Donovan McNabb calls it a career
PHILADELPHIA – Donovan McNabb’s voice cracked and his eyes watered when he stood at the podium to give his retirement speech.
Famously booed when he was drafted by the Philadelphia Eagles in 1999, McNabb couldn’t hide the tears when he called it quits 14 years later. The six-time Pro Bowl quarterback was back in Philadelphia on Monday to make it official, three years after he was traded from the Eagles and 21 months after taking his final snap in the NFL.
“Special day,” McNabb said. “I’m not one for emotion, but this is pretty tough.”
Before McNabb even took the stage, team owner Jeffrey Lurie revealed that his No. 5 will be retired on Sept. 19.
“The No. 5 has become synonymous with one of the greatest eras of Eagles football,” Lurie said. “And ensuring that no one else will ever wear Donovan’s number, we honor one of the greatest playmakers to ever wear an Eagles uniform.”
McNabb will be inducted into the team’s Hall of Fame and have his jersey retired on Sept. 19 when the Eagles play the Kansas City Chiefs on a Thursday night. Former Eagles coach Andy Reid, who drafted McNabb with the No. 2 overall pick in 1999, now coaches the Chiefs.
“To be mentioned with the likes of Reggie White, Jerome Brown, Chuck Bednarik, Tommy McDonald, Brian Dawkins and all the other players who have paved the way for me, for my former teammates and for the current players, it’s truly an honor,” McNabb said about becoming the ninth player in franchise history to have his number retired.
McNabb is the team’s all-time leader in pass attempts (4,746), completions (2,801), yards (32,873) and touchdowns (216). He led the Eagles to 100 wins, including nine in the playoffs. McNabb was one of four players in NFL history to have 30,000 yards passing, 200 TDs passing, 3,000 yards rushing yards and 20 TDs rushing, joining Hall of Famers John Elway, Fran Tarkenton and Steve Young.
Police search lake in Hernandez’s Conn. hometown: Connecticut and Massachusetts authorities on Monday searched in and around a lake in the hometown of Aaron Hernandez, the former New England Patriots player who is charged with murder.
Connecticut police declined to comment on the nature of Monday’s search at Pine Lake in Bristol and referred calls to Massachusetts prosecutors. Gregg Miliote, a spokesman for the Bristol County district attorney, would not comment.
Hernandez has pleaded not guilty to murder in the death of Odin Lloyd, a 27-year-old Boston semi-professional football player whose body was found June 17 about a mile from Hernandez’s home in North Attleborough, Mass. The ex-player’s attorneys have called the case against him circumstantial.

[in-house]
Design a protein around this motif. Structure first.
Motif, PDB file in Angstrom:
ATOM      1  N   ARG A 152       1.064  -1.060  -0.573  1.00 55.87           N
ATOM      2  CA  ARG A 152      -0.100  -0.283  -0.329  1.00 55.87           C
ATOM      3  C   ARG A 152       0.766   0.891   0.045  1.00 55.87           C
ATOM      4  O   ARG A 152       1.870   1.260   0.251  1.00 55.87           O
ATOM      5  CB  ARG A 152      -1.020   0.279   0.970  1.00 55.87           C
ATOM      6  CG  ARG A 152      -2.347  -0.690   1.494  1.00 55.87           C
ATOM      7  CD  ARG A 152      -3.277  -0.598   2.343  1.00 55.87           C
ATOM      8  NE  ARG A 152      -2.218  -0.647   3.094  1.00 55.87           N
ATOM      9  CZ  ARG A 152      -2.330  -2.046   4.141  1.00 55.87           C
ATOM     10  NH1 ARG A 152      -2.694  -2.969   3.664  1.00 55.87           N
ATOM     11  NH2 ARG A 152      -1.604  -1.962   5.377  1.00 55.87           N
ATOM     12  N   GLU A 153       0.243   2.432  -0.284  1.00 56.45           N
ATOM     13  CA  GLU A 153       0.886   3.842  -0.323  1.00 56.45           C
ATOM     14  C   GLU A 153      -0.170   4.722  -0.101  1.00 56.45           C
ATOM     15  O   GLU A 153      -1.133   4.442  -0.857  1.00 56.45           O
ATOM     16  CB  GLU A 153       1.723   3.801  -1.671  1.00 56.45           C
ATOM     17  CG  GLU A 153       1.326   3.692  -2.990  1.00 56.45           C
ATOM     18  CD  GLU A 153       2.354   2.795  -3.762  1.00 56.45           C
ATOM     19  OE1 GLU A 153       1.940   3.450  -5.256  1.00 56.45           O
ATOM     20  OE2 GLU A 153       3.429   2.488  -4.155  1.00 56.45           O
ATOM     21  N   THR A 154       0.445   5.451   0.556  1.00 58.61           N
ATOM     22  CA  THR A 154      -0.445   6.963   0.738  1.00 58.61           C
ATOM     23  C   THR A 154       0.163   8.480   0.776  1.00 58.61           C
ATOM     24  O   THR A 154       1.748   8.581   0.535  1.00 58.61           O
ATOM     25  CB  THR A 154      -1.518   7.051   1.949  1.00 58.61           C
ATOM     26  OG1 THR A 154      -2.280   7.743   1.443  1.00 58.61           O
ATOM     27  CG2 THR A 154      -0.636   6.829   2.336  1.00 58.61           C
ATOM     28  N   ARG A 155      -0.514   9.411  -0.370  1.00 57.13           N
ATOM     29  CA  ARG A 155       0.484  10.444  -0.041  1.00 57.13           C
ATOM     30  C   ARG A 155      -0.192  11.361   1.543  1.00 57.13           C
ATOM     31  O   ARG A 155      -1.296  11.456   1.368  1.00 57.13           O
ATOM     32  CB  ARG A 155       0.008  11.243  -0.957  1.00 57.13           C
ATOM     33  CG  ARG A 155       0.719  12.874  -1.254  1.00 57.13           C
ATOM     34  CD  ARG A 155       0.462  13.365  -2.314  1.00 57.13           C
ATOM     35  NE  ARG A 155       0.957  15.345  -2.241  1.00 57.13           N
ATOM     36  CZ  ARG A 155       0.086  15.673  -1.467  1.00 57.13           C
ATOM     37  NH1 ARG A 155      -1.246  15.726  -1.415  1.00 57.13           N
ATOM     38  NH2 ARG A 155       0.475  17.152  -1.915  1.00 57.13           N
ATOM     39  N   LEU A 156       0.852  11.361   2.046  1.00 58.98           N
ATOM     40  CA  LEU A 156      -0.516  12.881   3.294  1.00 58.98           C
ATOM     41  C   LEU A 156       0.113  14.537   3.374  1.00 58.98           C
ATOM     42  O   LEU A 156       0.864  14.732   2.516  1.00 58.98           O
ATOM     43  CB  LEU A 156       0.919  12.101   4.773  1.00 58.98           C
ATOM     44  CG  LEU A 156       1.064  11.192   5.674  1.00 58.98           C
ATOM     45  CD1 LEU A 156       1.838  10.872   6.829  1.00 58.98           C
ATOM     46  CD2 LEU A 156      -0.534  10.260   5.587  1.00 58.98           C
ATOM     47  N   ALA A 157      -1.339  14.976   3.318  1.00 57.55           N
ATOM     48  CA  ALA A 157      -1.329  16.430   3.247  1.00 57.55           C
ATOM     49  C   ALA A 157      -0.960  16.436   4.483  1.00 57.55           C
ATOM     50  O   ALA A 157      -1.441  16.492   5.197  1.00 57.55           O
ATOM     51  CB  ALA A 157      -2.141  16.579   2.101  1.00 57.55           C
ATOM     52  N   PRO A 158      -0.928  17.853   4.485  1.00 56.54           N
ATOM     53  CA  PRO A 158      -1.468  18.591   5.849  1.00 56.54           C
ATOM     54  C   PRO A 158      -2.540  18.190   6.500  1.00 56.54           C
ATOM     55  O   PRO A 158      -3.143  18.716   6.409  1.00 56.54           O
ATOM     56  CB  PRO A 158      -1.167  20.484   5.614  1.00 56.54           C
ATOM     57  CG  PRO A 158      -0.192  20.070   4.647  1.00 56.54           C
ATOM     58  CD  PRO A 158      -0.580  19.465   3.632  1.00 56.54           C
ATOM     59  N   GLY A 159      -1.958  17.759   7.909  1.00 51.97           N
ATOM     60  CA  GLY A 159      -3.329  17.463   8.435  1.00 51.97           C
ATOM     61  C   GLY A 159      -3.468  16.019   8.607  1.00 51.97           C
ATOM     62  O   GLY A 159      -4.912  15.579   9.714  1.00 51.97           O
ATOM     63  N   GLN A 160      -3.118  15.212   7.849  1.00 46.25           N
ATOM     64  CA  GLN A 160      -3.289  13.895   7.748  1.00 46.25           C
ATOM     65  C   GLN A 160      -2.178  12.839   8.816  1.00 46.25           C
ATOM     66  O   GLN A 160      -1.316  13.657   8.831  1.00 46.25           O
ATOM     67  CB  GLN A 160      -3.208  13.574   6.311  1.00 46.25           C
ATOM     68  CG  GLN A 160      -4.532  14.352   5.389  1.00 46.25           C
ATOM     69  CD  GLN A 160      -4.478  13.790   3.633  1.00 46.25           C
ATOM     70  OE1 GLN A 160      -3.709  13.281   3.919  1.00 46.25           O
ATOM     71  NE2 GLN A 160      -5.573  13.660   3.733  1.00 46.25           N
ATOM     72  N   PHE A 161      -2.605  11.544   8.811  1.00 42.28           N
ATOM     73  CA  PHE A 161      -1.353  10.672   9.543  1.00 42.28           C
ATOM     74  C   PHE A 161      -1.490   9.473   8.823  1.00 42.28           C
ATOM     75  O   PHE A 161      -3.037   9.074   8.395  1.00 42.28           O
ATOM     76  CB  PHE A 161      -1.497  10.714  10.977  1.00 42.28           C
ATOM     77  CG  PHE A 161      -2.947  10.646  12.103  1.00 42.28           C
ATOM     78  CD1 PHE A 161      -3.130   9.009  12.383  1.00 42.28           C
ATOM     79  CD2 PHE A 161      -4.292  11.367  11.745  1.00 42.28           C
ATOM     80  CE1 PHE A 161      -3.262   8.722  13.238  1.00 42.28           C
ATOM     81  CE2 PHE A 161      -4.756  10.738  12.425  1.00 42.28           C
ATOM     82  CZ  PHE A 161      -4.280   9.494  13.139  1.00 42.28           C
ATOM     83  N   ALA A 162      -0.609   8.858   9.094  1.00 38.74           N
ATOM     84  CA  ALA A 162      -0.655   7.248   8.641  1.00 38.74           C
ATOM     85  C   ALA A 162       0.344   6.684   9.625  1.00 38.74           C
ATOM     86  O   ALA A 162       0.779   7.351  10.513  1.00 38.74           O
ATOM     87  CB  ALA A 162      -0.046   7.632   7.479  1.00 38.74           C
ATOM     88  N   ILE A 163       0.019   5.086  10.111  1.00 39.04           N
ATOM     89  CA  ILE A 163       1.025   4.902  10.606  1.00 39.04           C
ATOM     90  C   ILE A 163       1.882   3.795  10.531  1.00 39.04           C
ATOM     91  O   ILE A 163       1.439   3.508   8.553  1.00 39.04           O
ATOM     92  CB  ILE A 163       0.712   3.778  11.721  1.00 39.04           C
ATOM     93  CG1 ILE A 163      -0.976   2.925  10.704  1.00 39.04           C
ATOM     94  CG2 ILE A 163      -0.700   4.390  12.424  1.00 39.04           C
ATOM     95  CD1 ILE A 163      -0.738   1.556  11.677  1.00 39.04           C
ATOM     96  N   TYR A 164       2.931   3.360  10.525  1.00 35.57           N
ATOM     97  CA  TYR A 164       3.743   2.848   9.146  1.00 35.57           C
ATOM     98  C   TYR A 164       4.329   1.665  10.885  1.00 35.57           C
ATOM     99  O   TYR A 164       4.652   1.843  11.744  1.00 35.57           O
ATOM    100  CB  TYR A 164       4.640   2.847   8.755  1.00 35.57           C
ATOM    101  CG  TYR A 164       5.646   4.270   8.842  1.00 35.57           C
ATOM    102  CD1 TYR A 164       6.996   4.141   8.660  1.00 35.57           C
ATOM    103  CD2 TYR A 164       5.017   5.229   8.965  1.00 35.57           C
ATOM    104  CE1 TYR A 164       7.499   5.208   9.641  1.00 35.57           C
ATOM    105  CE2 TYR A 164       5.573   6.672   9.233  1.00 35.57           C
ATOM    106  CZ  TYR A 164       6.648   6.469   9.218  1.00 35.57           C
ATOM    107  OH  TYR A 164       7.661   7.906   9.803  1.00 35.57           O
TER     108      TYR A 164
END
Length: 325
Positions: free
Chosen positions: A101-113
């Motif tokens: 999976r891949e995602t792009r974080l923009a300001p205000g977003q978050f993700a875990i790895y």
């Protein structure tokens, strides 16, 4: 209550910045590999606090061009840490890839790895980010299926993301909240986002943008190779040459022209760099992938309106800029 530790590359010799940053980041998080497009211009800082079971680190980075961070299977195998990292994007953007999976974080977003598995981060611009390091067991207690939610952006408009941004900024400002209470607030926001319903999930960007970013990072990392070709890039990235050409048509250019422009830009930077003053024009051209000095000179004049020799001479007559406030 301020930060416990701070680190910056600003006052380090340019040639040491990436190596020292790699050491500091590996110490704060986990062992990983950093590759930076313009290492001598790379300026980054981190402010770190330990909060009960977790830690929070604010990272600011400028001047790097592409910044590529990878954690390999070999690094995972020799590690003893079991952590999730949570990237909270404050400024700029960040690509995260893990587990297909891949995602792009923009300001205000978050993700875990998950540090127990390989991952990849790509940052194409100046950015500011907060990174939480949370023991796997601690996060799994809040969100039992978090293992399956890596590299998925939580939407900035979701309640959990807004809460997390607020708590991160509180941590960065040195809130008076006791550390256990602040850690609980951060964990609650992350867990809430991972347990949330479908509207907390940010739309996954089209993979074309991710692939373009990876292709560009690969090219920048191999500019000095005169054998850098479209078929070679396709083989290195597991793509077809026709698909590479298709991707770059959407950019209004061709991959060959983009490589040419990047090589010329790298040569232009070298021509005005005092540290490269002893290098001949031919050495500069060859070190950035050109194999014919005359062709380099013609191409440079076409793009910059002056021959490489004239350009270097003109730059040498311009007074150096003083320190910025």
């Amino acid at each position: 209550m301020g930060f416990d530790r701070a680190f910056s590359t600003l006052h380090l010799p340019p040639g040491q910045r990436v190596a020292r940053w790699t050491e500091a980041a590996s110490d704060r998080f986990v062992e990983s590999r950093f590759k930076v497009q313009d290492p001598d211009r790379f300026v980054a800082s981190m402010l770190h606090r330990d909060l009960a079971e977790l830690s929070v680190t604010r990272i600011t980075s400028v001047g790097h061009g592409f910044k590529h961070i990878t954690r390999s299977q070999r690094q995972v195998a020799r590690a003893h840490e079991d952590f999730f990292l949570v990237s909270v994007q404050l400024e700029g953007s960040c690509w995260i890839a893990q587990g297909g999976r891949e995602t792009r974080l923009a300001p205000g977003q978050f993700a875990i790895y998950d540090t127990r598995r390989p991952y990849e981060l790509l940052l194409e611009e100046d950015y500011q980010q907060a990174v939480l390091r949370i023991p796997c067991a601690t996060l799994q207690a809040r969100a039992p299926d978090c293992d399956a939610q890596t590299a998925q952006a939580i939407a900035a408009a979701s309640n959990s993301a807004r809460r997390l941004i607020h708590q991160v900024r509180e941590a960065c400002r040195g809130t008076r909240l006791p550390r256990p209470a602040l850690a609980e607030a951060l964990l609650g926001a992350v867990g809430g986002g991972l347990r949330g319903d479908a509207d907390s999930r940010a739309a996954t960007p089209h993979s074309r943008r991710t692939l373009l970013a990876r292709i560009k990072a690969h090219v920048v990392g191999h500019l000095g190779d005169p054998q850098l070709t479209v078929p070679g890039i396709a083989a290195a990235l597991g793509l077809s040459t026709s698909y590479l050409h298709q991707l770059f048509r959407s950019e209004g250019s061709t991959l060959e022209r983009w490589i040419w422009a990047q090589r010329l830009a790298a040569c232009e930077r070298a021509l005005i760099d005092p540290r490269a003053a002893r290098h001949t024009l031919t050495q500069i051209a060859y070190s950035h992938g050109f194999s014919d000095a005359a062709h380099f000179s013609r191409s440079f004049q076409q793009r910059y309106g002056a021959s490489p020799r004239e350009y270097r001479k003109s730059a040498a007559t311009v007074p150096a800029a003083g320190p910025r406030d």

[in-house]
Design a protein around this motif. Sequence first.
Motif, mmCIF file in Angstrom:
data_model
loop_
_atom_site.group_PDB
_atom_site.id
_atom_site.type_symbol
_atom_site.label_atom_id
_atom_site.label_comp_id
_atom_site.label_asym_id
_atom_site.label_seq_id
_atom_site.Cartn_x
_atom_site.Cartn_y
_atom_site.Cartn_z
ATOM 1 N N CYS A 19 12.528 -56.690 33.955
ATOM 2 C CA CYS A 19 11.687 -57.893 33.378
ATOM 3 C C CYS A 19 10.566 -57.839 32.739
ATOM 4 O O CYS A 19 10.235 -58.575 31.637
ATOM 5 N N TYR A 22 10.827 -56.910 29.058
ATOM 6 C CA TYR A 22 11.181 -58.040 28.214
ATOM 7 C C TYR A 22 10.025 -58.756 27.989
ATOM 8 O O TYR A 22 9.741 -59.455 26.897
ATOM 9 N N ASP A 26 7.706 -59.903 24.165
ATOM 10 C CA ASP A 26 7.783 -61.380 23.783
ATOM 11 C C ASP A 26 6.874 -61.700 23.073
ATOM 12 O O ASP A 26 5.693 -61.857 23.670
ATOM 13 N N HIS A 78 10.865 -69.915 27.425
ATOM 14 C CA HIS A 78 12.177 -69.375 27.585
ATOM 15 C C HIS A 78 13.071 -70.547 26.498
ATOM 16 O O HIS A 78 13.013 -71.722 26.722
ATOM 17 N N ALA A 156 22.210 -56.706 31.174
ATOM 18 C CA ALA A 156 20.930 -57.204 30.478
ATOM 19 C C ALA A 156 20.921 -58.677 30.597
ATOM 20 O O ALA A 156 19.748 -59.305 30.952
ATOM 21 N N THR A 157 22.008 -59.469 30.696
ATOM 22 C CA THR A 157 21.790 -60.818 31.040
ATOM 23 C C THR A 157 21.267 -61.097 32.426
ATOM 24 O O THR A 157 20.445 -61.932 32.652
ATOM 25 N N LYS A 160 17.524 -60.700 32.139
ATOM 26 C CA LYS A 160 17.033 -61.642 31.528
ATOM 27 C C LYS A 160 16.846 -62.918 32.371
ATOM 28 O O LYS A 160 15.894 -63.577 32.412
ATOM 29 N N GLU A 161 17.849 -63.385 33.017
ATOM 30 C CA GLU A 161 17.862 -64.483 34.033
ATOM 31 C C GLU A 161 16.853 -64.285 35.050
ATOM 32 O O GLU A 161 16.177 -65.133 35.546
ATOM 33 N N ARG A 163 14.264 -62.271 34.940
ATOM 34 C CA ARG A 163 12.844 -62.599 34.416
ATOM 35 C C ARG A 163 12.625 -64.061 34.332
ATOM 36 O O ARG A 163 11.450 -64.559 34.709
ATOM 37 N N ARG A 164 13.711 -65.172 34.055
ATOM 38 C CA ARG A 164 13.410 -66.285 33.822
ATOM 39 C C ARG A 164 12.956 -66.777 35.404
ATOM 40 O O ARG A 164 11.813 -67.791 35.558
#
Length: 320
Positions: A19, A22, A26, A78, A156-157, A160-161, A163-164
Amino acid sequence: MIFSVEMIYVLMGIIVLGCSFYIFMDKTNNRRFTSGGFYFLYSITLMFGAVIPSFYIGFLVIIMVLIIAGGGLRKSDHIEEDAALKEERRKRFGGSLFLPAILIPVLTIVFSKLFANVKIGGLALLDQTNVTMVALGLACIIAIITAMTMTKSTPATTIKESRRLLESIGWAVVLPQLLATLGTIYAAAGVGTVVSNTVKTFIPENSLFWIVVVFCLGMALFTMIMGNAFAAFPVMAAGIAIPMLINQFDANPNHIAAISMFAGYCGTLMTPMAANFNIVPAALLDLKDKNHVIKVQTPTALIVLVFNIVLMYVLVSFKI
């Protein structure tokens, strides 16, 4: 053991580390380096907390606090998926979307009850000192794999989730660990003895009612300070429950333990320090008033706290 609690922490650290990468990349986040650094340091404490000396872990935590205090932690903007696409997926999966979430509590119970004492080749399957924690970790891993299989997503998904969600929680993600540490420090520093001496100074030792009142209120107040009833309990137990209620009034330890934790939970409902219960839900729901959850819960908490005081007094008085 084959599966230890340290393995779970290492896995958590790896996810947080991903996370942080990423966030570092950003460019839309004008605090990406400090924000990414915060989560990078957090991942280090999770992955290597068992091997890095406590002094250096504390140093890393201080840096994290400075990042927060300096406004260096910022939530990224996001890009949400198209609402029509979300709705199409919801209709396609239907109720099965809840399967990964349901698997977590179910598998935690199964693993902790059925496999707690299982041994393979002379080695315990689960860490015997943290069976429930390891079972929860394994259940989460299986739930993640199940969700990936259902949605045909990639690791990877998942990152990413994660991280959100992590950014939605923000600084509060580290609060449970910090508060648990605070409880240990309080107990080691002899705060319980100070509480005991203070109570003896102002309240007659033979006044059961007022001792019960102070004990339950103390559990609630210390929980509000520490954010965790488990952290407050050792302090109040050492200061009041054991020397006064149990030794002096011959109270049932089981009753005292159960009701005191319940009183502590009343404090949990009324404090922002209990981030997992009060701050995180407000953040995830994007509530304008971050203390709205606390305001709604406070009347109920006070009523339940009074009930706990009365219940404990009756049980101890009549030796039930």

Authorities believe Lloyd was killed with a .45-caliber Glock, which hasn’t been recovered.
Police divers were in Pine Lake on Monday and other officers could be seen combing the water’s edge.
Brazill admits ‘mistakes’ after failing drug test: Colts receiver LaVon Brazill admitted Monday that his own “mistakes” led to a failed drug test and an NFL-mandated four-game suspension.
It’s the first time he has spoken publicly about the discipline since the league’s announcement last month.
Though league officials did not say what substance was found in Brazill’s test, the second-year receiver said he must choose between making money or using marijuana.
Titans reach deal with first-round pick Warmack: The Tennessee Titans agreed to terms with offensive guard Chance Warmack, who had been the last remaining unsigned first-round draft pick.
The Titans announced Monday that Warmack had agreed to a deal, but did not release any details of the contract.
Bills DE Williams has sore foot evaluated: Buffalo Bills star defensive end Mario Williams missed his second straight practice to have his sore foot evaluated by team doctors.
Coach Doug Marrone would only say the tests were being conducted away from the Bills training camp facility in suburban Rochester. He added he has not yet received a report from doctors.
Marrone still didn’t know which foot Williams had hurt, or how or when the injury occurred.